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Swedish Lifecycle Center

swedish lifecycle center logo

The Swedish Life Cycle Center is an initiative by the Swedish Energy Agency, hosted by Chalmers University of Technology, which strengthens collaboration and engages more organizations to apply a life cyle perspective in Sweden.

The platform, designed for academia, industry, research institutes and government agencies, has been active for 20+ years, counts 14 partners and is supported by 7 government agencies. In 2018, it organized 80 meetings for 370 lifecycle professionals.

The lifecycle center accomplishes its objectives with partnerships for several activities such as: network conferences, seminars, webinars, education, initiating research projects, collaboration and communication activities.

Designing plastics circulation

Designing plastics circulation - electrical and electronic products


Nordic Council of Ministers
Publication Date: 
Denmark, Finland, Sweden

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Today, most electrical/electronic equipment (EEE) is not designed for recycling, let alone for circulation. Plastics in these products account for 20% of material use, and through better design, significant environmental and financial savings could be made. Technological solutions and circular design opportunities already exist, but they have not yet been implemented. Some challenges, such as ease of disassembly, could be resolved through better communication and by sharing learnings across the value chain. Instead of WEEE, we should focus on developing CEEE: Circular Electrical and Electronic Equipment. The case examples of this report show how different stages of the lifecycle can be designed so that circular plastic becomes possible and makes business sense. It is time to take a leap in material flow management and scale up these circular solutions across the industry.

Retaining value in the Swedish materials system - summary of the report in English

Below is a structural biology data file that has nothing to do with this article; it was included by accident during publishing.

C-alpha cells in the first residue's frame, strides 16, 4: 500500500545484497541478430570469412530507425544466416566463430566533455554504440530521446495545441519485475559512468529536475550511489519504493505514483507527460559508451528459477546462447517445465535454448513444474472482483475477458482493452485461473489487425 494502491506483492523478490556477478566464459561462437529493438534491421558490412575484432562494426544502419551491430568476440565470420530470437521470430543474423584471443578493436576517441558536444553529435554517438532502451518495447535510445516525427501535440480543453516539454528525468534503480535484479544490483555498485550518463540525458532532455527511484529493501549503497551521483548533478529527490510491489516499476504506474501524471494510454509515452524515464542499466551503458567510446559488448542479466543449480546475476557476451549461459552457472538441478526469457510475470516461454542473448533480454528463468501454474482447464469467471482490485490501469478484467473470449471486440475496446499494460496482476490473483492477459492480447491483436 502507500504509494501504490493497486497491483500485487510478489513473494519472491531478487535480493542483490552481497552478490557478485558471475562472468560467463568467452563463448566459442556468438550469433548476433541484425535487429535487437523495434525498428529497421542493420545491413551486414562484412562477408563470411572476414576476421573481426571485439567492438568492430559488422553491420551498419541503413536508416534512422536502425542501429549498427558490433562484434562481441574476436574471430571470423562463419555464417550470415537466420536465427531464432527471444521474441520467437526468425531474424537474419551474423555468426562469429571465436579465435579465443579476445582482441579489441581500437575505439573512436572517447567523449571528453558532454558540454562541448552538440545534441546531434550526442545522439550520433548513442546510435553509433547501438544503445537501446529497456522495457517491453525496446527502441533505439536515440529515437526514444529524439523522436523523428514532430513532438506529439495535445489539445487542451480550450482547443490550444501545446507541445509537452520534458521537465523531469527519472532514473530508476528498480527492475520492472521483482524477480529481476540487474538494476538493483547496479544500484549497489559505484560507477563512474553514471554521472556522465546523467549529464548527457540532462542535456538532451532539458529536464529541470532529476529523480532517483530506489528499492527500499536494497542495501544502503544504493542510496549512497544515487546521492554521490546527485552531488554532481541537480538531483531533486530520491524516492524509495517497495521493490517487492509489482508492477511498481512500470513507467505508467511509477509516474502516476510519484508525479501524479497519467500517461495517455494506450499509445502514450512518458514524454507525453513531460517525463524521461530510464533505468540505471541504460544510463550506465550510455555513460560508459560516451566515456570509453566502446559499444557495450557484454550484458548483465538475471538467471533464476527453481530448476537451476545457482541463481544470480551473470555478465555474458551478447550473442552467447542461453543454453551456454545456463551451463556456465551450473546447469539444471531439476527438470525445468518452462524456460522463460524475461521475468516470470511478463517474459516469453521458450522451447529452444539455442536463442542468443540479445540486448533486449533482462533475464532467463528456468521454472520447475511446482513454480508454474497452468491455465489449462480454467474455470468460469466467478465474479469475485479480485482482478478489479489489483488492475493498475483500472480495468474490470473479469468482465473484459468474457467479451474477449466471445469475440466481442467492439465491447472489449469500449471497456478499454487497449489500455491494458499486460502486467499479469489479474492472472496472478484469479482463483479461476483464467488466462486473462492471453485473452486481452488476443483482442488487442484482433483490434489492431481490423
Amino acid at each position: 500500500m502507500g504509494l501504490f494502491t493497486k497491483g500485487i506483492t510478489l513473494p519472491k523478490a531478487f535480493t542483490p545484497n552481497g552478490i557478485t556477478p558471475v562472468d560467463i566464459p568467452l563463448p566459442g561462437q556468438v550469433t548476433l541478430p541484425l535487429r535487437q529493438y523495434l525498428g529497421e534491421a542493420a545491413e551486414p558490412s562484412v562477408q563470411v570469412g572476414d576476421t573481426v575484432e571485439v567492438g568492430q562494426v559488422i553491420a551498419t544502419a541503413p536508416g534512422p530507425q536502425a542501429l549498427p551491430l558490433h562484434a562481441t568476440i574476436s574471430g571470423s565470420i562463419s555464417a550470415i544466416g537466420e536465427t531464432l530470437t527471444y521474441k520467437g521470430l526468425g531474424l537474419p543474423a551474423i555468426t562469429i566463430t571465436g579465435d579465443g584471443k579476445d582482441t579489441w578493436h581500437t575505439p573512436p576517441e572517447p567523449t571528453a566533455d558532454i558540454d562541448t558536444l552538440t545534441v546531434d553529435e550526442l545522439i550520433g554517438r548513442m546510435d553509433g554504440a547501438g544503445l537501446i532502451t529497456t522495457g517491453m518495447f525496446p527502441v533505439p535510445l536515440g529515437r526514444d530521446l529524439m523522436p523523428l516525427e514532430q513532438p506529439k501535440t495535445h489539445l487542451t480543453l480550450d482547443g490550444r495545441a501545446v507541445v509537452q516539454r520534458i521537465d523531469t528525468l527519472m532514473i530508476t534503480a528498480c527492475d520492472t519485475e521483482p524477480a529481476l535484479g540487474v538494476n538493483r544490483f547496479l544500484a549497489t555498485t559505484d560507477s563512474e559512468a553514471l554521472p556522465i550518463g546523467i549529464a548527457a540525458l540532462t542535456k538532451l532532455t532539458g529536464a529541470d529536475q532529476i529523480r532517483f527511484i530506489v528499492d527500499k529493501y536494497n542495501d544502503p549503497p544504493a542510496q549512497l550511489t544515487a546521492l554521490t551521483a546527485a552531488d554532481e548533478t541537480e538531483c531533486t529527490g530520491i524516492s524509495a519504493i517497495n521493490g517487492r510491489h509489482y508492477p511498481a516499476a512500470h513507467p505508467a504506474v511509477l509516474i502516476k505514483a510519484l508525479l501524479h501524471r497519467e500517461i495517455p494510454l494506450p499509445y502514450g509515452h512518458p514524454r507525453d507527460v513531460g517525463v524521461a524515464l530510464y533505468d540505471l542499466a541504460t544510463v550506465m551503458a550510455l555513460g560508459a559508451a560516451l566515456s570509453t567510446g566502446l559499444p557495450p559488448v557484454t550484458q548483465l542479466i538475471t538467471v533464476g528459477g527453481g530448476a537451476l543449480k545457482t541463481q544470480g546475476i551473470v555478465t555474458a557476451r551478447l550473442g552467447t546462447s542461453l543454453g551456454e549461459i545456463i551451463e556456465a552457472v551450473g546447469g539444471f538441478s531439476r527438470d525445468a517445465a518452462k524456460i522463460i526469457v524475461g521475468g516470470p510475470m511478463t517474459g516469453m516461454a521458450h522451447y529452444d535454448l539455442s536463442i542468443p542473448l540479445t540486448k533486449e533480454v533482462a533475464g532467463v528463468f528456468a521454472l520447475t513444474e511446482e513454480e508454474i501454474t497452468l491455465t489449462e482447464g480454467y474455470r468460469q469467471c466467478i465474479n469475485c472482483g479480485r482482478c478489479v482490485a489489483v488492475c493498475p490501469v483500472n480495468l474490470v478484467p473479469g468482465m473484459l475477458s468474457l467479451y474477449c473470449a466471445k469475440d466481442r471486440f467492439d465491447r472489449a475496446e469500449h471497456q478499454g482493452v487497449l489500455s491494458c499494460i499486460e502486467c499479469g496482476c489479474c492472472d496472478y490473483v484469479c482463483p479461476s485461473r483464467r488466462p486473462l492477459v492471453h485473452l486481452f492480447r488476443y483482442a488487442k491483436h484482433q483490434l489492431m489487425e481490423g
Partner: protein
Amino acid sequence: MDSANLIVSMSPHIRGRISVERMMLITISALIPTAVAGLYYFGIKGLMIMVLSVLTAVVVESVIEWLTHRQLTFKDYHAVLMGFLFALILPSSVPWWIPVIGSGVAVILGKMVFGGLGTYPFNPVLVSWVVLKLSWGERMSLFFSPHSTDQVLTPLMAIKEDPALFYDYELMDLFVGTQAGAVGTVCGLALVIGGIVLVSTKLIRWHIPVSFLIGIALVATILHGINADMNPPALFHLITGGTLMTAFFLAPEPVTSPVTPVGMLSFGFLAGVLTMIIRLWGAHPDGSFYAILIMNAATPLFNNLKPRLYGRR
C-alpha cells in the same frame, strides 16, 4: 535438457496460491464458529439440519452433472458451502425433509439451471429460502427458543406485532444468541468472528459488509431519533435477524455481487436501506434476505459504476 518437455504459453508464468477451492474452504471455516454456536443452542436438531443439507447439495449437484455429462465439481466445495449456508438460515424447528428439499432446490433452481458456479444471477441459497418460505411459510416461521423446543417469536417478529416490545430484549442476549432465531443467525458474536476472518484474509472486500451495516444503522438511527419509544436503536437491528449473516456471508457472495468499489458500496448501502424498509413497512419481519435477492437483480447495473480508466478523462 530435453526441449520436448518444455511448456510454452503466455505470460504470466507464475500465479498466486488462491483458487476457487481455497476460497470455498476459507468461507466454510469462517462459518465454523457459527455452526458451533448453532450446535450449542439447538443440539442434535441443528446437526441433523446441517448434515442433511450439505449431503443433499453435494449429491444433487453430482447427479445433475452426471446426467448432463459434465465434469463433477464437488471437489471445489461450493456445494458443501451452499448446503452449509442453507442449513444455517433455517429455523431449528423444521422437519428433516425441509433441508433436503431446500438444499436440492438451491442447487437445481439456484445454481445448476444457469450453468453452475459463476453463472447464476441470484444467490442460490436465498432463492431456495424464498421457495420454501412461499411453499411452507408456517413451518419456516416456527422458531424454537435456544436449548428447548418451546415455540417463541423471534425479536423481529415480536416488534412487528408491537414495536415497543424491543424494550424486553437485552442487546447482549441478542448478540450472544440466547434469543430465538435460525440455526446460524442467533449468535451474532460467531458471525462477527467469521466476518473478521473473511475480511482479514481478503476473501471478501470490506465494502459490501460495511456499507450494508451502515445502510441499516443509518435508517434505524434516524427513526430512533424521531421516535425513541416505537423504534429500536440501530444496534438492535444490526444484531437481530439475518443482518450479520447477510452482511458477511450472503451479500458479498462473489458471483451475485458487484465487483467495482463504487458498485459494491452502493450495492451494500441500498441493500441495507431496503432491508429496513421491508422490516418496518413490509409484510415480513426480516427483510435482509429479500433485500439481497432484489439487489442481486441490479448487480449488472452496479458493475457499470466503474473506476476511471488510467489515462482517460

Retaining value in the Swedish materials system

Retaining value in the swedish materials system


Material Economics
Publication Date: 

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Per Klevnäs
Angelica Afzelius

The report Retaining value in the Swedish materials system takes a value perspective on the use and recycling of materials in a circular perspective. It analyses the use of materials in the Swedish economy in monetary terms instead of tonnes and cubic metres.

The key questions it seeks to answer include the following:

  • For each 100 SEK of raw material entering the Swedish economy, how much value is retained after one use cycle?
  • What are the main reasons that material value is lost?
  • What measures could retain more materials value, and how much could be recovered? Which business opportunities arise as a result?

This value perspective gives a much more realistic view of how circular the Swedish materials system really is, as it captures all the downgrading effects that occur through its use of materials, in addition to the volume effects that also traditional research approaches capture. The value perspective also turns materials recycling into an industrial innovation and an economic topic, in addition to an environmental topic. To our knowledge, this is the first time anyone has value-mapped a material system in this way. 

Read more about the results and download the full report (in Swedish) here.

ShareWear showed 340,000 consumers fashion can be borrowed, not only bought

items from the first ShareWear collection

ShareWear, a part of the Swedish Democreativity initiative, was launched to inspire a sustainable way to be fashionable. A ready-to-share collection with Swedish fashion items allowed consumers to borrow unique clothing - but only if they shared it forward.

FISSAC project - a new Industrial Symbiosis model for the Construction industry

Fostering Industrial Symbiosis for a Sustainable Resource Intensive Industry across the extended Construction Value Chain

The FISSAC project involves stakeholders at all levels of the construction and demolition value chain to develop a methodology and software platform, to facilitate information exchange, that can support industrial symbiosis networks and replicate pilot schemes at local and regional levels.

Turning coffee by-product into green energy

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This joint venture is a successful and genuine example of a short circuit circular loop where Veolia and Jacobs Douwe Egberts developed a solution to use spent coffee grounds from the plant’s production process to produce steam.